County commissioners on Tuesday unanimously approved a proclamation declaring Indigenous Peoples’ Day should be celebrated in Santa Fe County the second Monday of October — a move several other cities and states, including the city of Santa Fe, have made to honor Native peoples on the federal holiday bearing Christopher Columbus’ name.
Although some advocates of the Indigenous Peoples’ Day movement contend it is necessary to counter or replace the annual celebration of the Italian explorer who many say perpetrated genocide, the declaration passed by county commissioners Tuesday “does not call for the end of Columbus Day,” according to a county memo attached to the proclamation, brought forth by Commissioners Ed Moreno and Anna Hansen.
Moreno said the annual Native recognition is intended to encompass a more complete history rather than only one side.
“This whole country is a mix of different cultures,” Moreno said. “Mostly the encounters tended to be violent, with the suppression of one culture. It was never a fair fight.
“But the encounter in itself was historic,” he added, “and it’s kind of sad it has taken hundreds of years to recognize there were two different cultures interacting.”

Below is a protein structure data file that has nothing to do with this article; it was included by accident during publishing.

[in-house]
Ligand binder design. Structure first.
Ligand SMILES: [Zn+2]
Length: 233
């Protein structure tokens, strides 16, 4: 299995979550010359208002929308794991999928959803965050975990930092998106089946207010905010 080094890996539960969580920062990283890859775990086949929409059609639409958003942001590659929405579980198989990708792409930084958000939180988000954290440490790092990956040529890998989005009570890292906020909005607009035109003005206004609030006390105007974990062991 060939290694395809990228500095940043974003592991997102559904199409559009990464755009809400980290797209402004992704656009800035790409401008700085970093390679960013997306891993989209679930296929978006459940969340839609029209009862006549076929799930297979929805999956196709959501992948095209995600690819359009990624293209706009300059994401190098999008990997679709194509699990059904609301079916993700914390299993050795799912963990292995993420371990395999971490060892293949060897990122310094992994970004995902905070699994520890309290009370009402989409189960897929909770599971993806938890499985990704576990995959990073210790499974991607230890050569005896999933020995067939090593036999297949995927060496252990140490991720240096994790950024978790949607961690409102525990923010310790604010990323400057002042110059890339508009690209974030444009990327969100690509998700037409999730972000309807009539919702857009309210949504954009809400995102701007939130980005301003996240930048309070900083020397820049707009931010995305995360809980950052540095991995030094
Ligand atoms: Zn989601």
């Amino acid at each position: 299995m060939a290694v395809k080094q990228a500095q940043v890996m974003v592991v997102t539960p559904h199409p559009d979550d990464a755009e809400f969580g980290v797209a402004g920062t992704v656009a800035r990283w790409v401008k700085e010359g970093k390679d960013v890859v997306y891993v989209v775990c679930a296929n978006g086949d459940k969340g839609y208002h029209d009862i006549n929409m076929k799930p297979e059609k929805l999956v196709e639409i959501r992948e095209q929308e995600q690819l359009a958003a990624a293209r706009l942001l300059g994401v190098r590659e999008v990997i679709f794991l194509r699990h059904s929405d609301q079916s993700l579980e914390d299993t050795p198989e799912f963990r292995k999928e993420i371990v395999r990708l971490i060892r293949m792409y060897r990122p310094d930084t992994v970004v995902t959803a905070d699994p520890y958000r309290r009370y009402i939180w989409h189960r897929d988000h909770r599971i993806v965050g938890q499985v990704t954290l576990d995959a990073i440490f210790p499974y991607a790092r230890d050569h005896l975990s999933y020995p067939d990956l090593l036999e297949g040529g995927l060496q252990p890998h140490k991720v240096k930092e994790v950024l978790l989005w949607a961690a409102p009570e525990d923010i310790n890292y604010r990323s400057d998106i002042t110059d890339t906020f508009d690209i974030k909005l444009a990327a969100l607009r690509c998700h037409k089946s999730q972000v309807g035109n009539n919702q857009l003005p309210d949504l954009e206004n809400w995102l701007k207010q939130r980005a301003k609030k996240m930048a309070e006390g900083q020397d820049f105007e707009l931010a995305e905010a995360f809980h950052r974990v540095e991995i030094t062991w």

“This day shall be used to reflect upon the ongoing struggles of indigenous peoples on this land,” reads the county memo, drafted by Moreno aide Julia Valdez. And the new holiday “must be met with serious demands to address the conditions of Native life: the upholding of treaty rights for Native people on- and off-reservation.”
A sizable number of cities and states have initiated a celebration or recognition of Native Americans on Columbus Day to try to reframe the holiday. The city of Los Angeles was the most recent high-profile addition to the list; others include Denver, Minneapolis, Seattle and Portland, Ore. Participating states include Alaska, Minnesota and Vermont; South Dakota officially celebrates Native American Day in place of Columbus Day.
The city of Santa Fe, meanwhile, approved a similar resolution last year. The city still acknowledges the federal holiday of Columbus Day, city spokesman Matt Ross said at the time, but “as far as the city itself is concerned, we will be actively recognizing Indigenous Peoples’ Day locally.”
The Albuquerque City Council approved an Indigenous Peoples’ Day celebration in 2015.
On Oct. 9, an Indigenous Peoples’ Day celebration will take place on the Plaza, with a full day of dance and drum performances from a number of surrounding pueblos. Mayor Javier Gonzales, who co-sponsored the city’s Indigenous Peoples’ Day resolution, and tribal leaders will issue an opening prayer.
Contact Tripp Stelnicki at 505-428-7626 or email@example.com.